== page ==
# Directed graph

A directed graph (sometimes abbreviated digraph) is a graph in which each edge is assigned an orientation. Formally, a digraph $D$ is a pair, $D = (V, E) = (V(D), E(D))$ of a (usually finite) set $V$ of vertices together with a multiset $E$ of edges such that for each $e \in E$ we have $e \in V \times V$.

Every digraph has a natural underlying graph $G(D) = (V(D), E')$ where $E' = \left\{\{v, w\} \mid (v, w) \in E\right\}$. A digraph is usually drawn by drawing the underlying graph and putting an arrow on each edge to indicate the direction.

Note that our definition allows both loops and multiple edges. In other circumstances, digraphs may be defined to be loopless, simple (that is, with no multiple edges) or both. Note that the "right" convention for digraphs is less obvious than for graphs. In particular, sometimes the word "simple" is meant to allow both the edge $(v, w)$ and the edge $(w, v)$, so the underlying graph of a simple digraph is not necessarily simple. In any case, one should be sure to provide the definition of these terms before first using them.

## Examples of directed graphs

### Tournament graph

In a round robin tournament (that is, a tournament in which each team plays every other team exactly once) with no ties, we can associate a tournament graph in which we draw the edge $(A, B)$ if and only if team $A$ beat team $B$.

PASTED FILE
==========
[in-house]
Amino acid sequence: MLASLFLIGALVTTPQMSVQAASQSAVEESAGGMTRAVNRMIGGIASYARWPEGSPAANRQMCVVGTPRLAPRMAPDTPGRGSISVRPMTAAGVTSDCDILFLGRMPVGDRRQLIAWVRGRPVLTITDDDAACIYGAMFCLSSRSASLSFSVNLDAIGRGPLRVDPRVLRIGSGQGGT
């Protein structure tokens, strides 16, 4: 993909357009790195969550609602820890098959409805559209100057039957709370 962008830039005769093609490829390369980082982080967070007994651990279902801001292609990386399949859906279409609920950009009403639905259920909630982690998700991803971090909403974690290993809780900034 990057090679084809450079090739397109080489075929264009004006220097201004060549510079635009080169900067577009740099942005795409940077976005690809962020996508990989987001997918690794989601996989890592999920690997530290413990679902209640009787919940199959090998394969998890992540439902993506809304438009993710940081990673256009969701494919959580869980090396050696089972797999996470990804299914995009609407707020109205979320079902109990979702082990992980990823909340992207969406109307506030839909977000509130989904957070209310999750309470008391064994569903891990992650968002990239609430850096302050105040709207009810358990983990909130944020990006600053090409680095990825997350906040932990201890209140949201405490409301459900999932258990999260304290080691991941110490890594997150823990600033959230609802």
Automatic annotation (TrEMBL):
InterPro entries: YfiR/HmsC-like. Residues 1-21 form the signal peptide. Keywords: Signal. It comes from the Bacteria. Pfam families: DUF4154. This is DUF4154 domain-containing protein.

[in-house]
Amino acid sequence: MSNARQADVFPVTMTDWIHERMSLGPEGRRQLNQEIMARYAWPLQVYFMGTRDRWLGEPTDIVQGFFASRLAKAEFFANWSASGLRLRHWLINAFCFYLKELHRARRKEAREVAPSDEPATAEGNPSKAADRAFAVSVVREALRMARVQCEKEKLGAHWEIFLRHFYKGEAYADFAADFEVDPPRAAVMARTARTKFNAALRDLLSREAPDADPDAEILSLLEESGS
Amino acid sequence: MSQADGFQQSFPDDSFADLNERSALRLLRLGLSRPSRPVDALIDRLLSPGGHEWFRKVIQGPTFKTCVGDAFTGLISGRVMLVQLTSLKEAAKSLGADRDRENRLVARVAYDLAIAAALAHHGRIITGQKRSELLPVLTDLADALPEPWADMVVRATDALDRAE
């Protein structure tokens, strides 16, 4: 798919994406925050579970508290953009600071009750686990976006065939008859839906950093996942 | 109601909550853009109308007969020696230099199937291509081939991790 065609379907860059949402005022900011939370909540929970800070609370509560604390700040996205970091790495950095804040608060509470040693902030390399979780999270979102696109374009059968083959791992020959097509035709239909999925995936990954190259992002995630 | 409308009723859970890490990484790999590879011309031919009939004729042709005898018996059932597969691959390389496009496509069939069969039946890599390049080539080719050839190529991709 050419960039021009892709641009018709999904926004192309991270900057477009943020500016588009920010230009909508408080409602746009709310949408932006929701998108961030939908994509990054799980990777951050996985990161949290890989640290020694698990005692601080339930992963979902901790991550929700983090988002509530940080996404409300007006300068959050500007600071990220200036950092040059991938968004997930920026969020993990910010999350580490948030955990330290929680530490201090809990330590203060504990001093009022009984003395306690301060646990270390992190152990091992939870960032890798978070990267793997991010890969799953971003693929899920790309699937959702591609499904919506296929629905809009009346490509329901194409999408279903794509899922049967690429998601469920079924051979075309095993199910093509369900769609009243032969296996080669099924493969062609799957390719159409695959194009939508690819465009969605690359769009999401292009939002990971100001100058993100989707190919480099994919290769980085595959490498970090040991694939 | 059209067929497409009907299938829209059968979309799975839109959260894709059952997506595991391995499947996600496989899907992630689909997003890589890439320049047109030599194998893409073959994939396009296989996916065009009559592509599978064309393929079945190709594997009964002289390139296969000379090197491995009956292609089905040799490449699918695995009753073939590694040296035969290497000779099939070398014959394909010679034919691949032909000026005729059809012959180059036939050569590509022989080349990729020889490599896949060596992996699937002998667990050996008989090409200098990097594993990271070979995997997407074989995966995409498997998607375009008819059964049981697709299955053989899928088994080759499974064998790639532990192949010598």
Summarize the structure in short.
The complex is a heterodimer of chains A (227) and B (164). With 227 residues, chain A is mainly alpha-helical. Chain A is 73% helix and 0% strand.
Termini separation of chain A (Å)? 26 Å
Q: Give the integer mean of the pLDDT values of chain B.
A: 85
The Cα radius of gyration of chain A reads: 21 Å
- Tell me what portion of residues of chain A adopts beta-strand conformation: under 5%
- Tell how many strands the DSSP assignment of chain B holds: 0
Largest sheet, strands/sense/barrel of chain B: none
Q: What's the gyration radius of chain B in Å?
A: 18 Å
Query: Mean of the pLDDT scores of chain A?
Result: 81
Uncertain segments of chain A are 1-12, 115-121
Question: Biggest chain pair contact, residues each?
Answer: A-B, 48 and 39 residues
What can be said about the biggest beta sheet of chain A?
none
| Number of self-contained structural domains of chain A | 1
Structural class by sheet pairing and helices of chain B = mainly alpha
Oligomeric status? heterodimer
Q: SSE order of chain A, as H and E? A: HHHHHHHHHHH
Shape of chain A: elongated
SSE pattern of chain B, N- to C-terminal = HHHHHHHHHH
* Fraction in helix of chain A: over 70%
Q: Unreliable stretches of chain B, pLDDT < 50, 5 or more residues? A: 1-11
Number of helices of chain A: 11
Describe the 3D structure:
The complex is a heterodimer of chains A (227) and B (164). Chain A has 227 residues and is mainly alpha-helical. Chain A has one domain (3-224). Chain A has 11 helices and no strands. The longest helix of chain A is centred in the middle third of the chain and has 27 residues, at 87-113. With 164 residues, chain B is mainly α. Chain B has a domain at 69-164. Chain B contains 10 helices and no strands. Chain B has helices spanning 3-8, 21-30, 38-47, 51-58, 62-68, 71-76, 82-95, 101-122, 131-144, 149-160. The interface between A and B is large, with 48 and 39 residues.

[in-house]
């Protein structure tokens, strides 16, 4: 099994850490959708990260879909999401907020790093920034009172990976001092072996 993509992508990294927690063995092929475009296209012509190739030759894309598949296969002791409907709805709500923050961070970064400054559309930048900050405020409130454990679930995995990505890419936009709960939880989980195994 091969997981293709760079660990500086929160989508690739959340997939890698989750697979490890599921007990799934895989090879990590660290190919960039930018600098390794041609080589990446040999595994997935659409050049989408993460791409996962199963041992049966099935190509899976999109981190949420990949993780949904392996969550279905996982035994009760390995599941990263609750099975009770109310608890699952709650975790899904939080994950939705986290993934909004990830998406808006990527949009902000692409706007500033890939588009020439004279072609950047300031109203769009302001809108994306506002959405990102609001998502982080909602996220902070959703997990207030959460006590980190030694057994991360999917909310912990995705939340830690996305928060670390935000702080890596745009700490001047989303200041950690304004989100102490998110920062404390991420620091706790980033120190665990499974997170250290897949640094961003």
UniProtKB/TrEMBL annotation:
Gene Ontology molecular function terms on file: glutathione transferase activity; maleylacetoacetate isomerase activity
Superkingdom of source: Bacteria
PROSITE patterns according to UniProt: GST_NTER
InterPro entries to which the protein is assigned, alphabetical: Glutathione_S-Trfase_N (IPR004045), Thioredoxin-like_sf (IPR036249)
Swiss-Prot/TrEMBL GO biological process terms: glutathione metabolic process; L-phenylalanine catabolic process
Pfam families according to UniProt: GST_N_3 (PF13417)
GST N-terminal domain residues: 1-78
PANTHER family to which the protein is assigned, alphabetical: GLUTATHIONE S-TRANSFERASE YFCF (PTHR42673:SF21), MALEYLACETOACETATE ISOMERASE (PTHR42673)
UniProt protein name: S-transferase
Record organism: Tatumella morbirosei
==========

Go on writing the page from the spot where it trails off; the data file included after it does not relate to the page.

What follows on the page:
### Complete digraph

The definition of a complete digraph depends on the particular definition of digraph that we use. The simplest version corresponds to the definition we gave above, for which the complete digraph on a vertex set $V$ is the pair $K(V) = (V, V \times V)$, i.e. for each vertex $v \in V$ we have an edge $(v, v)$ and for each pair $v, w \in V$ we have both edges $(v, w)$ and $(w, v)$.

## Differences between directed and undirected graphs

### Degree

In a directed graph, each vertex $v$ has two associated degrees, the outdegree (the number of edges $(v, w)$ for some $w \in V$) and the indegree (the number of edges $(w, v)$ for some $w \in V$).

### Paths, Cycles and Cycle-free Graphs

A path in a directed graph has the obvious meaning of a sequence of vertices joined by edges that are directed in the appropriate direction. Formally, a path is a sequence $v_0, e_1, v_1, e_2, \ldots, e_n, v_n$ such that $v_i \in V$ $e_i = (v_{i - 1}, v_i) \in E$ for every $i$. A cycle is a path in which the initial and terminal vertices of the path are the same.

Note that a cycle-free directed graph is not the same as a directed tree: while no directed tree contains a directed cycle, there are many digraphs with no directed cycles whose underlying graphs contain (undirected) cycles, as in the image below:

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In fact, any graph $G = (V, E)$ is the underlying graph of some cycle-free digraph on the same vertex set. We can construct one of these digraphs as follows: list the elements of $V$ in some order, $v_1, v_2, \ldots, v_n$. Define a set $E'$ of ordered pairs of elements of $V$ by replacing each edge $\{v_i, v_j\} \in E$ with $i < j$ by the directed edge $(v_i, v_j)$. It is clear that the resulting digraph $D = (V, E')$ contains no directed cycles, regardless of the underlying structure of $G$.